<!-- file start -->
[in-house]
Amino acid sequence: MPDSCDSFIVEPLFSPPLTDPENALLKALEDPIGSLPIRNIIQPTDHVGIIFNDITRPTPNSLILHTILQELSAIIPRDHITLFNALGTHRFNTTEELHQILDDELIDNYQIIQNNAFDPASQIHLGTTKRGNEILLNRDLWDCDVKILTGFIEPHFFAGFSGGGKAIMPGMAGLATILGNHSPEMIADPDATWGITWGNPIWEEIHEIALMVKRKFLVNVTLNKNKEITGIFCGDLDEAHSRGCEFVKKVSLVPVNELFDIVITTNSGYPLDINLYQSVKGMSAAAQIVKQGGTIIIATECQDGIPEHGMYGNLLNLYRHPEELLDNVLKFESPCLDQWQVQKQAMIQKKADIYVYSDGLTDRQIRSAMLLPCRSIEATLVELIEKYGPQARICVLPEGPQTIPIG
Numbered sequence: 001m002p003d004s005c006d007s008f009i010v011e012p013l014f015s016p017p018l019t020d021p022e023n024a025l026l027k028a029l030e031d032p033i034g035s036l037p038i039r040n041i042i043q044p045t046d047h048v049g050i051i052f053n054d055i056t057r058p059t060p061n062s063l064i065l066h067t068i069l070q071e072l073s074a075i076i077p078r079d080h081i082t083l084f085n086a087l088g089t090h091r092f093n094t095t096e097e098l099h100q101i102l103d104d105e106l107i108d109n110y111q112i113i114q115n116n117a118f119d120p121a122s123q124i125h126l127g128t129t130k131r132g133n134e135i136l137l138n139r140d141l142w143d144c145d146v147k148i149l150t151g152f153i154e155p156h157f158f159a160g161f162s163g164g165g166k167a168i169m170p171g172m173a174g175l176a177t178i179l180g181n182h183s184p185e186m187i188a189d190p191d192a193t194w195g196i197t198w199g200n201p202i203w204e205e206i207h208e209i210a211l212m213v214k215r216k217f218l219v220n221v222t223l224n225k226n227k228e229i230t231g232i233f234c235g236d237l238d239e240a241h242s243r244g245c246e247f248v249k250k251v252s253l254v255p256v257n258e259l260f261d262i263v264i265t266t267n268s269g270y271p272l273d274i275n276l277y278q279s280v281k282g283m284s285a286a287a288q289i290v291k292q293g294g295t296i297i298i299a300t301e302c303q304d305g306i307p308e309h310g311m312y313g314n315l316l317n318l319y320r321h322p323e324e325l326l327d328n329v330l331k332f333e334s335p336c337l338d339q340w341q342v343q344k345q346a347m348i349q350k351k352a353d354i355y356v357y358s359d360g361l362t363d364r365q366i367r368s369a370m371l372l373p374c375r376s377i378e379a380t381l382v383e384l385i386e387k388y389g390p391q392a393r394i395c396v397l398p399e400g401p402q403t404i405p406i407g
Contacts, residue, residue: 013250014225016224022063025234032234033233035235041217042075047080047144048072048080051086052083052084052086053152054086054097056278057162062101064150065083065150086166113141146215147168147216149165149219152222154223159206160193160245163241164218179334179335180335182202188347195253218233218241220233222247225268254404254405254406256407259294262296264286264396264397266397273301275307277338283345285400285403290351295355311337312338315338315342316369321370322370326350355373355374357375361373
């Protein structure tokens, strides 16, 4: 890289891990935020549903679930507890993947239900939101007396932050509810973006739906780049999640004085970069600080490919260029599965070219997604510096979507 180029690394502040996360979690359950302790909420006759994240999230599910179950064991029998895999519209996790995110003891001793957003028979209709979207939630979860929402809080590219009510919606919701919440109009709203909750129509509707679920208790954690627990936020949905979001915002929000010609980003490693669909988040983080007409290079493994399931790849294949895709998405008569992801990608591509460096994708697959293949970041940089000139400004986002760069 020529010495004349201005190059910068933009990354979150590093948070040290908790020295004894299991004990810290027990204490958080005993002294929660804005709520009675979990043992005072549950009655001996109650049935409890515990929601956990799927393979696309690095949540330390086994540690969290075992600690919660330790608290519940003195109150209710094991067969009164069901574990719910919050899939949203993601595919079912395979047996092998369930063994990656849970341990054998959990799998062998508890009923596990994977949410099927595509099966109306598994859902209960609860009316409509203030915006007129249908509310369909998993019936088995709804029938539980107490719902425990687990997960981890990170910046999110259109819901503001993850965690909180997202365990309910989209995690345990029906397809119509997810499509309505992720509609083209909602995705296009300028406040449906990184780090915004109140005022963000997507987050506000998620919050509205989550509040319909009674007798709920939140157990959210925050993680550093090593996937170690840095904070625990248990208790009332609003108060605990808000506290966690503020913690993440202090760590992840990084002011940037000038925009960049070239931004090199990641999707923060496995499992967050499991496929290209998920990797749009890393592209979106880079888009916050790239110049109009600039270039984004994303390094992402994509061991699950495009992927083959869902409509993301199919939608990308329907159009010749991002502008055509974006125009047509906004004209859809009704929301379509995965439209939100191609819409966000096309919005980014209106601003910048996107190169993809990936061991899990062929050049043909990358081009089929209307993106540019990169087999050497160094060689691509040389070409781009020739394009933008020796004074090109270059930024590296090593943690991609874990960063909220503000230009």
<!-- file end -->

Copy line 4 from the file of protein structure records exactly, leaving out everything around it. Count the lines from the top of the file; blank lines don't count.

Contacts, residue, residue: 013250014225016224022063025234032234033233035235041217042075047080047144048072048080051086052083052084052086053152054086054097056278057162062101064150065083065150086166113141146215147168147216149165149219152222154223159206160193160245163241164218179334179335180335182202188347195253218233218241220233222247225268254404254405254406256407259294262296264286264396264397266397273301275307277338283345285400285403290351295355311337312338315338315342316369321370322370326350355373355374357375361373